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Novak Djokovic: Records, facts, Grand Slam titles, career stats

Novak Djokovic became the first player since Rod Laver in 1969 to hold all four Grand Slam titles at the same time.

By: Reuters | Paris | Updated: June 6, 2016 12:39:30 pm
novak djokovic, djokovic, french open 2016, french open, french open final, djokovic vs murray, andy murray, murray vs djokovic, tennis news, tennis Novak Djokovic claimed his first French Open title by winning the 2016 title. (Source: Reuters)

Factbox on Serbia’s Novak Djokovic, who beat British second seed Andy Murray 3-6 6-1 6-2 6-4 to win his first French Open title and complete a career grand slam on Sunday

Grand Slam titles (12): Australian Open: 2008, 2011, 2012, 2013, 2015, 2016; French Open 2016; Wimbledon: 2011, 2014, 2015; U.S. Open: 2011, 2015

Also Read: Competing with Federer, Nadal made me stronger: Djokovic

Making his name

Born: Belgrade, May 22, 1987

Began playing tennis aged four.

His father was a professional skier and wanted his son to be a skier or professional soccer player but changed his mind when Djokovic excelled at tennis from an early age.

PHOTOS: Djokovic joins greats after winning French Open

Playing Career

* First full year on tour in 2005: Made grand slam debut as a qualifier at the Australian Open, losing to Russian Marat Safin in the first round. Finished as the youngest player (18 years, five months) inside the top 100.

* In 2006, he won his first ATP tour title at Amersfoort.

* He retired in the 2006 French Open quarter-finals against Spaniard Rafael Nadal when trailing by two sets, and again a year later due to blisters in the Wimbledon semi-final against the same opponent.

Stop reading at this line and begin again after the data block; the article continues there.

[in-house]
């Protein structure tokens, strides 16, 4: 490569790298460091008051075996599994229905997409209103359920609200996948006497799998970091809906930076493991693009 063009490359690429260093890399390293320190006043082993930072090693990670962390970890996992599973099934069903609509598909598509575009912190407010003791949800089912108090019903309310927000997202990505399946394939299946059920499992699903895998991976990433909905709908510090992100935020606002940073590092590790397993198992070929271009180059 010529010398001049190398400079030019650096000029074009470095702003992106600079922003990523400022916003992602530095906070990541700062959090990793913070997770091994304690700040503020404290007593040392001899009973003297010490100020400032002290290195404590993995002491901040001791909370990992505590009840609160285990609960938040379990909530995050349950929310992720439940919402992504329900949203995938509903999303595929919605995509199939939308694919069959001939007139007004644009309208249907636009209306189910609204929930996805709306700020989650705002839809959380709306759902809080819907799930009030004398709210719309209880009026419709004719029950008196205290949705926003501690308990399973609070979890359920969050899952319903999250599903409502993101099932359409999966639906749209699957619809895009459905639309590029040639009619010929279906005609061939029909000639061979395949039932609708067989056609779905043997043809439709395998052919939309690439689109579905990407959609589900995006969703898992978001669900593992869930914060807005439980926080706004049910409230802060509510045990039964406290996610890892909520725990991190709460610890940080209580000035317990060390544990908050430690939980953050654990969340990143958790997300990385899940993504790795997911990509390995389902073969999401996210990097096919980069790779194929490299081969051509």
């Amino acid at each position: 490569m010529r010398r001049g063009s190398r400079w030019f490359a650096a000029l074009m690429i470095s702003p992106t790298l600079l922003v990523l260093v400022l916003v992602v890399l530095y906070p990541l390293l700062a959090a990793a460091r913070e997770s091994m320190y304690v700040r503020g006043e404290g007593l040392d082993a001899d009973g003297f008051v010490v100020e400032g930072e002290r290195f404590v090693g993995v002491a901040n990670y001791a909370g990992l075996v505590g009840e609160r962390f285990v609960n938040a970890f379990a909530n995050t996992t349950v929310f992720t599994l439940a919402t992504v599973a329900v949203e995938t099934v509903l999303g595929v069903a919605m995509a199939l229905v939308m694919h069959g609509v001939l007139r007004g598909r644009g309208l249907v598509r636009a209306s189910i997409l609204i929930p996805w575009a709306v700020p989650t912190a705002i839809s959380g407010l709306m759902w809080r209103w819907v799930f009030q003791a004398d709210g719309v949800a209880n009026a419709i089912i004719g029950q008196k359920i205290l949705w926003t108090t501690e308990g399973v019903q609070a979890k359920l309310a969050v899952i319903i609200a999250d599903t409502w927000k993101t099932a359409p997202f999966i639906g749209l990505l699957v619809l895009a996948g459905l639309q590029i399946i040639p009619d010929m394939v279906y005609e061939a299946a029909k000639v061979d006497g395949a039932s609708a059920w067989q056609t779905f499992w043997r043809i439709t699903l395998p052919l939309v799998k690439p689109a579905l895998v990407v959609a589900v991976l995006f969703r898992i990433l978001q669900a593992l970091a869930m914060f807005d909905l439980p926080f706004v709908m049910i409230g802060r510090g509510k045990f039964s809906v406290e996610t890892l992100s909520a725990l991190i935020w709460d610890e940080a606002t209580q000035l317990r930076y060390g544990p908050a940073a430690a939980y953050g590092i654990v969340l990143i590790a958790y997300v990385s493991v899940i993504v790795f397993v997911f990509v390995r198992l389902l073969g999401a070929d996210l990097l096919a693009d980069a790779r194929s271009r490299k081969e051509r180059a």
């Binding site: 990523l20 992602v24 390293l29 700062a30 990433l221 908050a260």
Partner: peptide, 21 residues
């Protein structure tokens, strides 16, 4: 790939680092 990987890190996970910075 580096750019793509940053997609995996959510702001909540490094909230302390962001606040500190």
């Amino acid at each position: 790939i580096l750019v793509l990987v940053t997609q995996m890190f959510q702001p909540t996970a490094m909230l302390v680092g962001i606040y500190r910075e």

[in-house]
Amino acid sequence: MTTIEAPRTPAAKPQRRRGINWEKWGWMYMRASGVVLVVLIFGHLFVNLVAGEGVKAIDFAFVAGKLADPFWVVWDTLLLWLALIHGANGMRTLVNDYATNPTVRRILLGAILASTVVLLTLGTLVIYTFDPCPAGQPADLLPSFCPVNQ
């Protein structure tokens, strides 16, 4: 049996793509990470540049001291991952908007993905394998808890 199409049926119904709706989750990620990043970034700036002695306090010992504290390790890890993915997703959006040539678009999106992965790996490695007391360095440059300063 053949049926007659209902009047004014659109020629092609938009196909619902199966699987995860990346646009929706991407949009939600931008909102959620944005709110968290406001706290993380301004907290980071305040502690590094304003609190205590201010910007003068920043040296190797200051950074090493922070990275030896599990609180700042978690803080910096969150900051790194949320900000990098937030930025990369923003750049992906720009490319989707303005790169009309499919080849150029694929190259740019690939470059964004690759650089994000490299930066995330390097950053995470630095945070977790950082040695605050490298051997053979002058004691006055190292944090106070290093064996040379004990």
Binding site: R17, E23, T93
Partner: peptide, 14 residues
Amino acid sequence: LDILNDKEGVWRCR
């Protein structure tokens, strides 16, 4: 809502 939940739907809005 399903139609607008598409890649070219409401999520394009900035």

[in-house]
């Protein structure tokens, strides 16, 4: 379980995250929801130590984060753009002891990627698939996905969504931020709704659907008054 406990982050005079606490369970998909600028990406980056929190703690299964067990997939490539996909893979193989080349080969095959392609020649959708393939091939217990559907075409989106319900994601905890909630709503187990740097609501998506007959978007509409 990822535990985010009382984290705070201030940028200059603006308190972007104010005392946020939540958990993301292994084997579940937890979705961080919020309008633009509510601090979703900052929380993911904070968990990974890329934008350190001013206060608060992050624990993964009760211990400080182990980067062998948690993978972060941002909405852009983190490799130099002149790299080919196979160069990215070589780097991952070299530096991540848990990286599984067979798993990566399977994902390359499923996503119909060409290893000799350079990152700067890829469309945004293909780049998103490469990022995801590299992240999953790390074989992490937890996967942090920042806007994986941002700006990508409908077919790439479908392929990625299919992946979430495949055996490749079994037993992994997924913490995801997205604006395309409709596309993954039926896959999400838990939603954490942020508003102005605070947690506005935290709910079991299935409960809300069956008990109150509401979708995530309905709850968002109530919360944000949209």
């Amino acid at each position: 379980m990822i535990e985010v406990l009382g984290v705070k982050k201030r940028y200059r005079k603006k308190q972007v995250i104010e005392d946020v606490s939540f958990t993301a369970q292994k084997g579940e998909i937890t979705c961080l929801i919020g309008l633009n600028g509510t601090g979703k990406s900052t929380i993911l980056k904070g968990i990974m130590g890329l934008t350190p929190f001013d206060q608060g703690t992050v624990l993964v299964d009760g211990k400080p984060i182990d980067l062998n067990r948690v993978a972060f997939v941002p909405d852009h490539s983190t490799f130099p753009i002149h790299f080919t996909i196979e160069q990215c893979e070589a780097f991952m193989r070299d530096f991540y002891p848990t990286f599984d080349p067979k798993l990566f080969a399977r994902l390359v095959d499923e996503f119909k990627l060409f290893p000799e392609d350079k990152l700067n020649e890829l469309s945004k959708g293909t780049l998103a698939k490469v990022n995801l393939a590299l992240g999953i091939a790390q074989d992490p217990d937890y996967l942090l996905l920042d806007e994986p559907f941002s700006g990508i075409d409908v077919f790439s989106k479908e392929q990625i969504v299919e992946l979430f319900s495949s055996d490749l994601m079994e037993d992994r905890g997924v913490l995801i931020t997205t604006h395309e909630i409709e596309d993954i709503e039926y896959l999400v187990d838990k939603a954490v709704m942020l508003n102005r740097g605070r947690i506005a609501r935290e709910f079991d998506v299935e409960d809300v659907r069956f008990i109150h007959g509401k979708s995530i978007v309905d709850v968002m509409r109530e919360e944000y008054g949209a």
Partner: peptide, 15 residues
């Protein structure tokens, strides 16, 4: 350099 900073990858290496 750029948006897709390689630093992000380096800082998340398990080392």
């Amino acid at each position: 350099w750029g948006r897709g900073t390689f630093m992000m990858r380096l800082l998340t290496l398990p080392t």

*In 2007, he won five titles (Adelaide, Miami, Estoril, Montreal and Vienna) and reached his first grand slam final at the U.S. Open, losing to Federer.

*Beat Frenchman Jo-Wilfried Tsonga to win his maiden grand slam title at the 2008 Australian Open — thus becoming the first Serbian man to win one of the four majors.

*Failed to successfully defend his title in Melbourne the following year after controversially pulling out of his quarter-final against American Andy Roddick citing heat exhaustion on a sweltering day.

*Led Serbia to their first Davis Cup title with victory over France in Belgrade in December 2010.

*Began 2011 by winning the Australian Open, beating Briton Andy Murray in the final, to end his three-year wait for a second grand slam title.

*Won his next six tournaments in Dubai, Indian Wells, Miami, Belgrade, Madrid and Rome. Did not lose again until June 3 when Federer ended his 41-match winning streak in the French Open semi-finals.

*Secured the number one spot on July 4 2011 by beating Tsonga in the Wimbledon semi-finals, then beat Nadal to clinch his first Wimbledon crown, his first title on grass.

*Saved two match points to beat Federer in the semi-finals of the U.S. Open then defeated Nadal in the final to become the seventh man to win three grand slam titles in a year since tennis turned professional in 1968.

*Won his third Australian Open title in 2012 by beating Nadal in five hours and 53 minutes.

*Began 2013 by beating Murray to become the first man in the professional era to win three successive Australian Open titles.

*Beats Federer in a five-set Wimbledon final in 2014.

*Reached all four grand slam finals in 2015. Began the year by capturing a fifth Australian Open title, then missed out on the French Open again — his third loss in the title match –after falling to Stan Wawrinka in the final.

*Five weeks later draws level with his coach Boris Becker’s Wimbledon haul of three titles by defeating Federer in the All England Club final. Beat Federer in U.S. Open final, giving him three grand slam titles in a year for a second time.

*Beats Murray in the 2016 Australian Open final to win his 11th grand slam trophy.

*Beats Murray again in the French Open final to finally win the claycourt major at his 12th attempt. The win not only completes his grand slam collection but he also becomes only the third man — after Don Budge and Rod Laver — to hold all four majors at the same time.

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